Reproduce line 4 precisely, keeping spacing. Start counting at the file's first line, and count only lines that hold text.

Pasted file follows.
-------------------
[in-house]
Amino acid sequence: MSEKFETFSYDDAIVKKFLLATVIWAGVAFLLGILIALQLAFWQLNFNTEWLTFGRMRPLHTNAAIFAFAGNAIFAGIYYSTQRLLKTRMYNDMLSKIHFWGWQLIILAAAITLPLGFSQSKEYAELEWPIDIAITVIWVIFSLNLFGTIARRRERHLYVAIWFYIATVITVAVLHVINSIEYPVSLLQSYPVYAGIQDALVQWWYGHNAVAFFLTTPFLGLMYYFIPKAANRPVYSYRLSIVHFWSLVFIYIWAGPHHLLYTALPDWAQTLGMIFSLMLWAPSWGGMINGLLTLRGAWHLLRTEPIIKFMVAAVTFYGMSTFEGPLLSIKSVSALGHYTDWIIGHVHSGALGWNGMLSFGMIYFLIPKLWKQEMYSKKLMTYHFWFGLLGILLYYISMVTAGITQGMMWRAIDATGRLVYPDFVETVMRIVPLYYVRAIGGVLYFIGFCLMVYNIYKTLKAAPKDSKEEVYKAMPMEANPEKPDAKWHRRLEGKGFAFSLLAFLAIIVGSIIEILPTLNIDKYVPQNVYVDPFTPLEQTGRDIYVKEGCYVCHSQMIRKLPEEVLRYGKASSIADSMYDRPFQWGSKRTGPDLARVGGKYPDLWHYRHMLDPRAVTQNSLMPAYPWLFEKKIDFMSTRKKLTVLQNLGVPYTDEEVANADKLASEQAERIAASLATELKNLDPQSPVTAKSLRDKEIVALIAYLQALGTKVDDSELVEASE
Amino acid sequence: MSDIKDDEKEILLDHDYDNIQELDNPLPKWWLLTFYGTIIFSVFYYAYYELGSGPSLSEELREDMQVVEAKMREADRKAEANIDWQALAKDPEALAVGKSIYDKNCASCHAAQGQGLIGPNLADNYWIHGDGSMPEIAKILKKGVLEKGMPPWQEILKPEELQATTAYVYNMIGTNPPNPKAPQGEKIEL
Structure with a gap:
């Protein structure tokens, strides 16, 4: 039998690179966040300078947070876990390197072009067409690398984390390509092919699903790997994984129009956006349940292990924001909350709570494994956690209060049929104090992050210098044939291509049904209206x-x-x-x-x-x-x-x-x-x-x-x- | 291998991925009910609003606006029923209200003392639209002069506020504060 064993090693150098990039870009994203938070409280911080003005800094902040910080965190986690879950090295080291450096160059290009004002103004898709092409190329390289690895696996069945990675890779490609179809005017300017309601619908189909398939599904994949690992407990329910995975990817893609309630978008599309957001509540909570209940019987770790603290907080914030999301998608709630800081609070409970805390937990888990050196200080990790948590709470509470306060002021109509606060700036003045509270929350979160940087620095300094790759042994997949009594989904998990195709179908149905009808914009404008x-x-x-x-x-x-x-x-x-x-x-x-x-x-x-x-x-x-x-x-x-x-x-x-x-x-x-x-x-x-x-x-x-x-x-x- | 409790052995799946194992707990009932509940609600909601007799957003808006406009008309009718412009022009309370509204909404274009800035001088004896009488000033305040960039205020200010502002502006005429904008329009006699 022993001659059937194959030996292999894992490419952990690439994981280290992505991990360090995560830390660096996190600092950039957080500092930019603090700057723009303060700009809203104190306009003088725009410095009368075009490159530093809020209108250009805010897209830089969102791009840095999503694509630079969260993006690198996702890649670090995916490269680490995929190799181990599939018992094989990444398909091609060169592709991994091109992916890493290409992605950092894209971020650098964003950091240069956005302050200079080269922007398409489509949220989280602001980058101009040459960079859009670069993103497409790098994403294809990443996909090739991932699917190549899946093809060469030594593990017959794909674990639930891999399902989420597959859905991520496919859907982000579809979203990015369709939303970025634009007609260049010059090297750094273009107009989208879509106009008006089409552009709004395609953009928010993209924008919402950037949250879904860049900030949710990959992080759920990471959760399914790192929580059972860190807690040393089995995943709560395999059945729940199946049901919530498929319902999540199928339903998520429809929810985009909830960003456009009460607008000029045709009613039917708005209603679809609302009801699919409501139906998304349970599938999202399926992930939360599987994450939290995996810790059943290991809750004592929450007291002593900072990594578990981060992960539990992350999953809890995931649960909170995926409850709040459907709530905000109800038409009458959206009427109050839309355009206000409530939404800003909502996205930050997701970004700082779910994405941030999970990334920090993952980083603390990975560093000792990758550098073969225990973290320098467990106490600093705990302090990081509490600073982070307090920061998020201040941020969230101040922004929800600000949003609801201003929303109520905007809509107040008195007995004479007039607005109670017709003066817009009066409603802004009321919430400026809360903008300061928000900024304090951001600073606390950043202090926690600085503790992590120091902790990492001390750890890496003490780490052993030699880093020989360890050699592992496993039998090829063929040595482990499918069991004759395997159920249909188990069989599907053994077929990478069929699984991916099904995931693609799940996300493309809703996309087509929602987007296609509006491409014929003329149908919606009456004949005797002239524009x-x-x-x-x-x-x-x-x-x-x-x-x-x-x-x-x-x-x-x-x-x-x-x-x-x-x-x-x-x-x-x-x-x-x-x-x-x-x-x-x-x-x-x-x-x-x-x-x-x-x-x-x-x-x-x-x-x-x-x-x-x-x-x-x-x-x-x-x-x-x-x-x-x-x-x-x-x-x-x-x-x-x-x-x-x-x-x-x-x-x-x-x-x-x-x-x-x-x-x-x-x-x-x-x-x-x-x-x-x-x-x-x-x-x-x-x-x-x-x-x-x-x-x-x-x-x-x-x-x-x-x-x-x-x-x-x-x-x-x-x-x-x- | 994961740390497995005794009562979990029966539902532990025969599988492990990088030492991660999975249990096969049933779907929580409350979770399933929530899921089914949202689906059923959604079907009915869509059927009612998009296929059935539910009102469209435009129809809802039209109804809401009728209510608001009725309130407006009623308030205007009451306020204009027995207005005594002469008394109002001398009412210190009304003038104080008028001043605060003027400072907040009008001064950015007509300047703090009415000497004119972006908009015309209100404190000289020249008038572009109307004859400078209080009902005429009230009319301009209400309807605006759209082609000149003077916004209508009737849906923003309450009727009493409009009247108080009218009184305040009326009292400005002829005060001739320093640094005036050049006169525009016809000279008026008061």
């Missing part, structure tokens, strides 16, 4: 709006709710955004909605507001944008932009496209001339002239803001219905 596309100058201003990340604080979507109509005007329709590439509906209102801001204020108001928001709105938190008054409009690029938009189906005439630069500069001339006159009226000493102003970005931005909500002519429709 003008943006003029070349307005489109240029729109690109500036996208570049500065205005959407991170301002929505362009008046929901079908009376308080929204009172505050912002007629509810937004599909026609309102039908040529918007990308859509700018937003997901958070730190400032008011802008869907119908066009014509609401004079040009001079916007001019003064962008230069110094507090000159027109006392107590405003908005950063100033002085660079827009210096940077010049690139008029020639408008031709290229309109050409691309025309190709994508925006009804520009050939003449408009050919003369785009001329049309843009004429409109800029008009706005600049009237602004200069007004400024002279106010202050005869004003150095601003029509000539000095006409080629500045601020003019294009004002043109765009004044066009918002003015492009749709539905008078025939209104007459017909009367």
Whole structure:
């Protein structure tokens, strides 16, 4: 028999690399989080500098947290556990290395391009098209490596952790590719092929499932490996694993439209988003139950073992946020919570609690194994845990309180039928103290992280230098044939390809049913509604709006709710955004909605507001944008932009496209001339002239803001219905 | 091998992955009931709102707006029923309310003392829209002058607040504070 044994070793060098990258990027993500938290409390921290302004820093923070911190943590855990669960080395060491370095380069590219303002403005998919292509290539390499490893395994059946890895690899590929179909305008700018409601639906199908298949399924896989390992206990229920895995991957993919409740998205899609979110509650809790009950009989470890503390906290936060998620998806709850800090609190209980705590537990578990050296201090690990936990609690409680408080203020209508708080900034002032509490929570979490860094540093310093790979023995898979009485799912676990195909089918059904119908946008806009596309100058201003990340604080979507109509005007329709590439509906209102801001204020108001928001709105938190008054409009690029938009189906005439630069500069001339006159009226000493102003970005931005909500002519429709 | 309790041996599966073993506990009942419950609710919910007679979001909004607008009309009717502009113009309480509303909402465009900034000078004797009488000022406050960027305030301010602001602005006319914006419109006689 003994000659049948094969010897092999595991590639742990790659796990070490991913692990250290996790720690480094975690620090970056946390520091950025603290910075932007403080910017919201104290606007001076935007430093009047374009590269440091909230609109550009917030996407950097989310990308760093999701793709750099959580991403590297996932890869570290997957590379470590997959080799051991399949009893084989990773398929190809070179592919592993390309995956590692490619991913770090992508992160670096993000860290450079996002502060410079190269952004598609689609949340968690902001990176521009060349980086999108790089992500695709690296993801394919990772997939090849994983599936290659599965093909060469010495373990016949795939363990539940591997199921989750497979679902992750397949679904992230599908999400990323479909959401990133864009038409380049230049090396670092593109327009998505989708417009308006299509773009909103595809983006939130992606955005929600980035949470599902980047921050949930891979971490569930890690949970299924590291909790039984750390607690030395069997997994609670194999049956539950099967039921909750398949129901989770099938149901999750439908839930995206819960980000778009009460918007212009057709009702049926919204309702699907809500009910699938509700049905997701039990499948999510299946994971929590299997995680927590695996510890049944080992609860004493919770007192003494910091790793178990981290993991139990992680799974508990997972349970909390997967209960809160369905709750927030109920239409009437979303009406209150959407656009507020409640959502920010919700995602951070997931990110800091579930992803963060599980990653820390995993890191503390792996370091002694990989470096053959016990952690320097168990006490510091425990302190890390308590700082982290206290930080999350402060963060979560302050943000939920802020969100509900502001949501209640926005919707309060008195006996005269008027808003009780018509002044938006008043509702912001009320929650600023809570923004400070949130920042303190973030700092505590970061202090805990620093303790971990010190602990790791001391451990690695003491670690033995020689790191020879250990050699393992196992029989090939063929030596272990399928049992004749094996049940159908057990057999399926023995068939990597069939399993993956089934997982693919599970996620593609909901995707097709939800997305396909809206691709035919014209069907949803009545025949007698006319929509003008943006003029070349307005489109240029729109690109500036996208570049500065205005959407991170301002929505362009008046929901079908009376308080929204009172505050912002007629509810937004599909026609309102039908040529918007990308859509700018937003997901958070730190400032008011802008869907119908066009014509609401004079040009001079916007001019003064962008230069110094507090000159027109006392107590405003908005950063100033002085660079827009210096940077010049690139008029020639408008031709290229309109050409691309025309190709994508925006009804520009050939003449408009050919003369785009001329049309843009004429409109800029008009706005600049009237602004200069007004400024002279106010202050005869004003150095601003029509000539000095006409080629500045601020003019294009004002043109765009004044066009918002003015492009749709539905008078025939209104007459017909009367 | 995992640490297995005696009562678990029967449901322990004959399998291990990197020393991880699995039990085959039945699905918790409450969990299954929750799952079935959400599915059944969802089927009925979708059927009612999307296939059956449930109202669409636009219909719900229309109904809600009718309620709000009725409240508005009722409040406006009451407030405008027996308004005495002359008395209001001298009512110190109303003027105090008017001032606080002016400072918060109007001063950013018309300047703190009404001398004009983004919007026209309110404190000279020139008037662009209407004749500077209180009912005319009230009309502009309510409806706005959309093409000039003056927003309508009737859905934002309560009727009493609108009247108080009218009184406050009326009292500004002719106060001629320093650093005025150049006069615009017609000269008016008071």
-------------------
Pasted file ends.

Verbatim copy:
Structure with a gap: